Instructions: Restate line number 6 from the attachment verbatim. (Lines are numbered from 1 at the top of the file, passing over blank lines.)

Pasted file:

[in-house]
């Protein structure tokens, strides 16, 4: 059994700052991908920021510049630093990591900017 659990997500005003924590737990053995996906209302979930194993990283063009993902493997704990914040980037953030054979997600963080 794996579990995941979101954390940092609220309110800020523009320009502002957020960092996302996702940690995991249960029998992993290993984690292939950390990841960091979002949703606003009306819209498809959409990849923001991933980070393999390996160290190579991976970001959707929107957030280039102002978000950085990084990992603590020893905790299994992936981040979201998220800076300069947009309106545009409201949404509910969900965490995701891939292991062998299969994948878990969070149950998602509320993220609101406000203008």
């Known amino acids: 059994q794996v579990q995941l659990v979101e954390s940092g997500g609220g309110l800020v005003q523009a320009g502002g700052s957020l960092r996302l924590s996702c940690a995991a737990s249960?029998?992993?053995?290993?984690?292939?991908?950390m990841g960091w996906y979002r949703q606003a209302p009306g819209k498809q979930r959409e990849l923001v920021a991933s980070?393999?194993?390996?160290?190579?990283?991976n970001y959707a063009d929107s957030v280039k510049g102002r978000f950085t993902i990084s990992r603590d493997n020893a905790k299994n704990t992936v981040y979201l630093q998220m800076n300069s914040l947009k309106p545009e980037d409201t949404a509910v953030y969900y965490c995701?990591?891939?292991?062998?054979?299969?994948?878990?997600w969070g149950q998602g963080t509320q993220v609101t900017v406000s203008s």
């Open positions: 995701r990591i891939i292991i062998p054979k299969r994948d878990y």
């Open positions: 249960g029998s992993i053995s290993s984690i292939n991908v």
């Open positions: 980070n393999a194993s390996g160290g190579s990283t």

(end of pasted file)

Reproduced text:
């Open positions: 980070n393999a194993s390996g160290g190579s990283t």